U.S. stocks fell, trimming the biggest September gain since 1939 for the Standard & Poor’s 500 Index, as investors sold some of the month’s best-performing shares amid speculation that improving economic data will reduce the need for the Federal Reserve to stimulate growth.
Caterpillar Inc., which has rallied 21 percent in September for the top gain in the Dow Jones Industrial Average, fell 1.6 percent to lead the 30-stock gauge lower today along with biggest decliner American Express Co., which fell 2.3 percent. Apple Inc., up 17 percent this month, slumped 1.3 percent. Occidental Petroleum Corp. gained 2.2 percent, leading a measure of energy stocks to the only rise among 10 groups in the S&P 500.
The S&P 500 slipped 0.3 percent to 1,141.20 at 4 p.m. in New York, paring its monthly advance to 8.8 percent and its third-quarter gain to 11 percent. The Dow slid 47.23 points, or 0.4 percent, to 10,788.05.
“Things were due for a pause, this being the last day of the quarter,” said Michael James, a managing director at Wedbush Morgan Securities in Los Angeles. “Nothing goes up in a straight line,” he said. “We’ve had a hard time making an attempt at higher highs. You’re seeing traders exit positions and lock in gains for the quarter.”
All 10 industry groups in the S&P 500 and all 30 stocks in the Dow have gained in September, turning both measures positive for 2010, amid speculation the world’s largest economy will avoid slipping back into a recession and bets that the Federal Reserve will buy more debt to support the recovery.
Even after the rally, the S&P 500’s valuation of 12.5 times projected earnings over the next 12 months compares with a 16.5 average since 1954 using reported results, according to data compiled by Bloomberg.
“With U.S. equities up a lot this month and this quarter, there’s some quarter-end balancing,” said Giri Cherukuri, money manager and head trader at Oakbrook Investments in Lisle, Illinois, which manages $2.2 billion. “People had a lot of gains on the books, so it’s a little bit of profit-taking at month-end.”
Stocks climbed earlier as government data showed the U.S. economy grew at a 1.7 percent annual rate in the second quarter, faster than the 1.6 percent previously estimated. Initial jobless claims decreased by 16,000 to 453,000 in the week ended Sept. 25, lower than the median forecast of economists surveyed by Bloomberg News. The Institute for Supply-Management Chicago Inc. said business activity unexpectedly accelerated.
Stocks began paring gains as a measure of factories in the Milwaukee region trailed estimates, spurring concern that tomorrow’s ISM national manufacturing index will lag behind forecasts.
Philadelphia Fed President Charles Plosser said yesterday he opposes more monetary expansion to support the economy in part because he sees “little risk” of deflation. Boston Fed President Eric Rosengren said further large-scale purchases of securities would depend on the outlook and incoming data.
“The market’s been in a denial rally,” said Scott Armiger, who helps manage about $5.6 billion at Christiana Bank & Trust in Greenville, Delaware. “It’s overrated the good data and underrated the bad data. I’m kind of worried about October,” he said. “Today’s the last day of the month. It may be some ‘September’s been great. Let’s take some money off the table.’”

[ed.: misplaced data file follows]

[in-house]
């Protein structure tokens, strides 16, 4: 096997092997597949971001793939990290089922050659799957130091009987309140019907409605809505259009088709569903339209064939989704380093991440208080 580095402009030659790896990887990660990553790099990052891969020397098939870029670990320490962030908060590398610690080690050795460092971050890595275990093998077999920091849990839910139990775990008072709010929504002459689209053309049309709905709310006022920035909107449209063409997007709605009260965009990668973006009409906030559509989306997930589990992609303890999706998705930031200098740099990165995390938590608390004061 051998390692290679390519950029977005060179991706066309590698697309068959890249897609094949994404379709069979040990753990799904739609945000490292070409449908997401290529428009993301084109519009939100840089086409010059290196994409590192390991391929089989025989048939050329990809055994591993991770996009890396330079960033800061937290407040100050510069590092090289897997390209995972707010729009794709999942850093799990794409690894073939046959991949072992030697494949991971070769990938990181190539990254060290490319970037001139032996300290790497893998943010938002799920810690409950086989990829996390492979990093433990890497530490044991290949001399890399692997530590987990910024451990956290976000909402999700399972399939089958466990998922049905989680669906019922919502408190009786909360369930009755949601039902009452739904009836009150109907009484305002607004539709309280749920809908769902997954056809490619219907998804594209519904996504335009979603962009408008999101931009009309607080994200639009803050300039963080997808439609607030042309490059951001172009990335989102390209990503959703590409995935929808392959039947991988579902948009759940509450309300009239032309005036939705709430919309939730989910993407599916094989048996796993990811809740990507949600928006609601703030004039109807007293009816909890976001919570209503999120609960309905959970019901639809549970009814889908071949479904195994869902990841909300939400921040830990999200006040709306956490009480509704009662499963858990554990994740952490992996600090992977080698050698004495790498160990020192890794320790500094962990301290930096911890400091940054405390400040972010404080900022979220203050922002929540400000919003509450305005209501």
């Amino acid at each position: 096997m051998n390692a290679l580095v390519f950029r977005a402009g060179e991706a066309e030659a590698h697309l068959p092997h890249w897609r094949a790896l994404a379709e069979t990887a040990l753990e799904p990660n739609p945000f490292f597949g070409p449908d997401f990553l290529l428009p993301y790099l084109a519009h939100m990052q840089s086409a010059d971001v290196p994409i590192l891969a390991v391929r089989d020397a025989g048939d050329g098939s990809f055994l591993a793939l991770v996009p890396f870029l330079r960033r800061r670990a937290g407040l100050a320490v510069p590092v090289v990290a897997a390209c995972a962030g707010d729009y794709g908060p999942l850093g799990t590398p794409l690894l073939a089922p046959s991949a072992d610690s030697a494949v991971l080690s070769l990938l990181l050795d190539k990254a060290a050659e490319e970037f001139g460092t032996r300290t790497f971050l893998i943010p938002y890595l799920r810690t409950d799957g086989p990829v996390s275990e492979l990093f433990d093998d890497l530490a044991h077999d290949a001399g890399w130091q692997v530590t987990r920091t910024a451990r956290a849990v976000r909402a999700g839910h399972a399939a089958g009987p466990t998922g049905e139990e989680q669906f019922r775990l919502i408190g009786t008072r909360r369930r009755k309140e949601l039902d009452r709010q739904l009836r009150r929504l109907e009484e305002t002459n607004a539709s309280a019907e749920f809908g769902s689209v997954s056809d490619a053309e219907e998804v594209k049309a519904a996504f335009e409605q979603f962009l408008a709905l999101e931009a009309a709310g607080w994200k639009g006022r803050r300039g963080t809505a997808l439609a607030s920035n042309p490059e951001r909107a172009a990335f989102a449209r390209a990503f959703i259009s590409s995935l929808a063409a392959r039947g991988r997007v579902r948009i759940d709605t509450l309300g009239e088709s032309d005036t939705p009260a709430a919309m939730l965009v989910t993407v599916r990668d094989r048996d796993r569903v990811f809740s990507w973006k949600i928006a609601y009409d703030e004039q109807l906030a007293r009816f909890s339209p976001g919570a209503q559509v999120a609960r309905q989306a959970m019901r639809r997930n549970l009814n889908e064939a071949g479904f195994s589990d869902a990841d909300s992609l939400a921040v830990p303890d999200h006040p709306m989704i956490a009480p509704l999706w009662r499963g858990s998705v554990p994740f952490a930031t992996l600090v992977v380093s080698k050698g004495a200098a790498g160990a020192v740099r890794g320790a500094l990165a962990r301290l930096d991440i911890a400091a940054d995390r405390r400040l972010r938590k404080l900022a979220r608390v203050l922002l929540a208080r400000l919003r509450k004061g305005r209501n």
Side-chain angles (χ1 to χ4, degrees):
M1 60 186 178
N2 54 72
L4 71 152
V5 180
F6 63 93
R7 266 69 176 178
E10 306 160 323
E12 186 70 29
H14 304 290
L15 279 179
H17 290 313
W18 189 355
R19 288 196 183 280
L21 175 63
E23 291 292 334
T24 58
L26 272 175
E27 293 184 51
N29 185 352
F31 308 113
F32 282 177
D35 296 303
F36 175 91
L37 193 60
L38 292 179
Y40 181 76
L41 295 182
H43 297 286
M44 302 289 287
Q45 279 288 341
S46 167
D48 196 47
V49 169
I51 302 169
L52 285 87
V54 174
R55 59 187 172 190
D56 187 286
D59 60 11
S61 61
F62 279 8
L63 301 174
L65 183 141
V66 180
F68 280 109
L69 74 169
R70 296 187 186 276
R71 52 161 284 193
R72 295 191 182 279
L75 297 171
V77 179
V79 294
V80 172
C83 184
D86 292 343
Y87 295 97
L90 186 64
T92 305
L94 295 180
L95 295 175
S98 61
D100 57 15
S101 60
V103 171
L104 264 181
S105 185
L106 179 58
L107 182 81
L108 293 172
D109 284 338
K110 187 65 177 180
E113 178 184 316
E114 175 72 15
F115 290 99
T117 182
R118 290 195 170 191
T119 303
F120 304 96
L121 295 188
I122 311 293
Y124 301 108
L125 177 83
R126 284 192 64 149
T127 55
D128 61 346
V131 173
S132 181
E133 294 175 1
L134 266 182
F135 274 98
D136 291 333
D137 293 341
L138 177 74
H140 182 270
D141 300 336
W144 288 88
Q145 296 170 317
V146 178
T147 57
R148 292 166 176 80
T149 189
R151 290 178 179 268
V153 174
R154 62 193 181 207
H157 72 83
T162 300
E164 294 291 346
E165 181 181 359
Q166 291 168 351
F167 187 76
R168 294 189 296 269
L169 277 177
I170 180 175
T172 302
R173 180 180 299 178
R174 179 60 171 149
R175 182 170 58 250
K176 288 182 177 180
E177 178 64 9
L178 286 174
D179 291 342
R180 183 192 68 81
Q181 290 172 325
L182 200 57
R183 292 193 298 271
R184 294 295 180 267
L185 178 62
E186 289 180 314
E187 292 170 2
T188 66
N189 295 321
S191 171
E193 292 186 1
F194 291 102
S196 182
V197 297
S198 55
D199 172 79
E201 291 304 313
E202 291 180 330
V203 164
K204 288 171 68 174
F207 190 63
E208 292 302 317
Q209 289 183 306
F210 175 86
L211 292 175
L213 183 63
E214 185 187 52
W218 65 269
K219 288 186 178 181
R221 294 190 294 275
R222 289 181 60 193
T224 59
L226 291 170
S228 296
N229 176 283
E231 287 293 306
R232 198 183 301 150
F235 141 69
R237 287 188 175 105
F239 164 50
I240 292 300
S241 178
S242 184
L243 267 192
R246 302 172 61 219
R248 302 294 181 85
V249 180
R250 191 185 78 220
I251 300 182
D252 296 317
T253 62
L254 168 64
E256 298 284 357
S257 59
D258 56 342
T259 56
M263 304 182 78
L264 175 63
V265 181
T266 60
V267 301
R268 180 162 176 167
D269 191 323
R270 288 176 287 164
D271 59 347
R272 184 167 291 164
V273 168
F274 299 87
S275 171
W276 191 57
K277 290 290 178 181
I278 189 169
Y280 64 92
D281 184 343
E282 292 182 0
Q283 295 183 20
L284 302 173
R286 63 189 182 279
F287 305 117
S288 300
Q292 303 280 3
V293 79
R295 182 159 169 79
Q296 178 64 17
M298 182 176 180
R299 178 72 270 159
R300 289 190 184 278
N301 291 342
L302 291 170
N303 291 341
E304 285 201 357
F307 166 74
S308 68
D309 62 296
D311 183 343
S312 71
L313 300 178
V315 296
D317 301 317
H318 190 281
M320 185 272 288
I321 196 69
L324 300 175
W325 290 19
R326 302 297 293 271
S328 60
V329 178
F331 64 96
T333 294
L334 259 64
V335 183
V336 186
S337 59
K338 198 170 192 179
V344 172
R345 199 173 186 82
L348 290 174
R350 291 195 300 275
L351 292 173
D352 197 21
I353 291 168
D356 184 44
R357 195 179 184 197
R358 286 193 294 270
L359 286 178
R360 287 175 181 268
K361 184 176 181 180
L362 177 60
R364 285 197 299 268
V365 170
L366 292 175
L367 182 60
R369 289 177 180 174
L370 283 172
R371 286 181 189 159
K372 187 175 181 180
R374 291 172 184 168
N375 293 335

Caterpillar, the world’s largest maker of earth-moving equipment, slipped 1.6 percent to $78.68. American Express declined 2.3 percent to $42.03. Apple, maker of the iPhone and the iPad computer tablet, decreased 1.3 percent to $283.75.
Occidental Petroleum rose 2.2 percent to $78.30 as energy stocks rose 0.1 percent. Crude oil advanced as much as $80.18, a seven-week high, completing the biggest monthly gain since May 2009.
Prudential Financial Inc. fell 4.2 percent to $54.18. The insurer said it expects the two Japanese life insurance units it’s buying from American International Group Inc. to earn less investment income because of Prudential’s lower tolerance for risk.
AIG Star Life Insurance Co. and AIG Edison Life Insurance Co. would have earned about $100 million less on investments last year if Prudential were managing the portfolios, Mark Grier, vice chairman of the Newark, New Jersey-based insurer, said today on a conference call with analysts.
AIG rose 4.4 percent to $39.10, the second-biggest gain in the S&P 500, as the rescued insurer agreed to wind down its $182.3 billion bailout by converting the government’s stake into common shares for sale. The U.S. Treasury Department will convert its preferred stake of about $49.1 billion for 1.66 billion shares of common stock and then sell the holdings in the open market.
Hertz, Education Stocks
Hertz Global Holdings Inc. fell the most in the Russell 1000 Index, dropping 8.8 percent to $10.59. Dollar Thrifty Automotive Group Inc.’s shareholders rejected the car rental company’s $1.46 billion takeover offer a day after Avis Budget Group Inc. added a breakup fee to its higher bid.
For-profit education stocks rose after Senator Tom Harkin said today at a hearing into the schools’ practices that the dropout rate at 16 for-profit schools was 57 percent over a three-year period. DeVry Inc. rose 5 percent to $49.21, the biggest gain in the S&P 500.
Staffing companies advanced after the bigger-than-expected decrease in jobless claims. Monster Worldwide Inc. climbed 1.3 percent to $12.96. Robert Half International Inc. rose 2.4 percent to $26.
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